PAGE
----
Time to ‘like’ the energy internet

Elisa WoodBy Elisa Wood
October 19, 2011

We hear a lot about the upcoming democratization of energy.  But with the average consumer thinking about energy only six minutes per year, it’s fair to wonder if anyone will show up to ‘vote.’

But this week an alliance that includes the intriguing combination of Opower and Facebook offers promise that this futuristic concept may not be so far off into the future.

The democratization of energy gives consumers the ability to take charge of their electricity production and use via new technologies, much the way they’ve gained control over information flow via the Internet. Think rooftop solar panels and plug-in electric vehicles, which together give you the ability to not only make your own energy, but also store it and sell it. Combine these technologies with smart meters, dynamic pricing, virtual net metering, solar gardens, home energy displays and Internet-enabled appliances and you have an electricity system that looks far different than today’s. Large energy producers and operators now control the electric grid, but a democratized grid distributes this control to the rest of us. You and I, in essence, become the power plant.

The democratization of energy, also called the energy internet, holds a lot of appeal in a world where we feel like victims of larger forces that control our economic fate. When oil prices spike, we helplessly take another financial hit.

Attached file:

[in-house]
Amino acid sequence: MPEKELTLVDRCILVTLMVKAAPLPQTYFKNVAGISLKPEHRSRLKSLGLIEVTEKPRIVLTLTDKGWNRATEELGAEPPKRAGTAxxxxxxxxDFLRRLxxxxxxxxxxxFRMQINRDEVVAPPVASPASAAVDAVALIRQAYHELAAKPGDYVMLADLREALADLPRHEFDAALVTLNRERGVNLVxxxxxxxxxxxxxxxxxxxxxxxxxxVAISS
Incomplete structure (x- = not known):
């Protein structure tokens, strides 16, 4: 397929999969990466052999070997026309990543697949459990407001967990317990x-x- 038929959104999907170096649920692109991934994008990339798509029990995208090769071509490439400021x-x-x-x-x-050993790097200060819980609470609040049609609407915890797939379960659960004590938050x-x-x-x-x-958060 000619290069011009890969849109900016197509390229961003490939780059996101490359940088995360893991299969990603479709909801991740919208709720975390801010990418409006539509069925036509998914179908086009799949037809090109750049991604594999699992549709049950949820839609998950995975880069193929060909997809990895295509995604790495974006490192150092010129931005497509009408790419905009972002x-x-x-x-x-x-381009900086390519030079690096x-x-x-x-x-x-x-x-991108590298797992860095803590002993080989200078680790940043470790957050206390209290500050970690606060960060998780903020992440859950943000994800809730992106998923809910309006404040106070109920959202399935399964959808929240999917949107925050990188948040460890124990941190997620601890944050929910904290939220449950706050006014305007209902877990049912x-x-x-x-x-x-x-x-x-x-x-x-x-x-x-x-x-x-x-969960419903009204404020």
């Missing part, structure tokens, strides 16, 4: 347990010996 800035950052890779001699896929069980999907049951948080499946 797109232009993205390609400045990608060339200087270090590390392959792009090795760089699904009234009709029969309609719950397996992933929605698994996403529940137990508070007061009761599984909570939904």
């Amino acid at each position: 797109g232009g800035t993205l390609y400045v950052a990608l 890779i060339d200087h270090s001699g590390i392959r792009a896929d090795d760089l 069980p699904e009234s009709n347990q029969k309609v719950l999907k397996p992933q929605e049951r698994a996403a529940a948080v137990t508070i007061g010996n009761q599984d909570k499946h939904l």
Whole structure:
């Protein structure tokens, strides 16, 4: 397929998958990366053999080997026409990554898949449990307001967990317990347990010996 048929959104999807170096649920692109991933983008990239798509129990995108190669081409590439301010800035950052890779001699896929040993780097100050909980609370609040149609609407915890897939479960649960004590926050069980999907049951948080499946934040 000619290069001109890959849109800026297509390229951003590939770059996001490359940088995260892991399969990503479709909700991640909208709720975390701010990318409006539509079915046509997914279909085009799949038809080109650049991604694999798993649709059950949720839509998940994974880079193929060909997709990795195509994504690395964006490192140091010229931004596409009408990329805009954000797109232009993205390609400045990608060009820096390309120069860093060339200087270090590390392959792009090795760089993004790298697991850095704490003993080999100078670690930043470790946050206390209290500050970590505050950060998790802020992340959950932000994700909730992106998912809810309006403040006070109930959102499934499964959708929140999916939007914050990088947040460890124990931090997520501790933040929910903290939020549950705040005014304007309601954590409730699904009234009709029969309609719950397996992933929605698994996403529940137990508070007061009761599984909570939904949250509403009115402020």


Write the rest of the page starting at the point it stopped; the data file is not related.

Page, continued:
The energy internet promises to help us be more energy efficient, save money, in some cases make money, and enjoy more comfort and automation in our homes.

However, so far, consumers haven’t shown much interest in taking charge of their energy use, even in fundamental ways. Perhaps this is because the concept of energy democratization seems remote and speculative – to those who think about it at all.  I’m reminded of the nascent days of the Internet, when futurists made lofty claims that it would change banking, shopping and the workplace, and even revolutionize politics worldwide through an inexorable flow of information. At the time, most of us still saw the computer as little more than a difficult-to-use word processing machine.

Apple Computer changed that by making the computer more user-friendly.  Opower (and similar companies) is the Apple of the energy internet, in that it’s figuring out ways to give energy efficiency technologies consumer appeal. Opower does this by tapping into our social instincts and playing on our sense of community, camaraderie and even competition to incite us to pursue energy efficiency in our homes.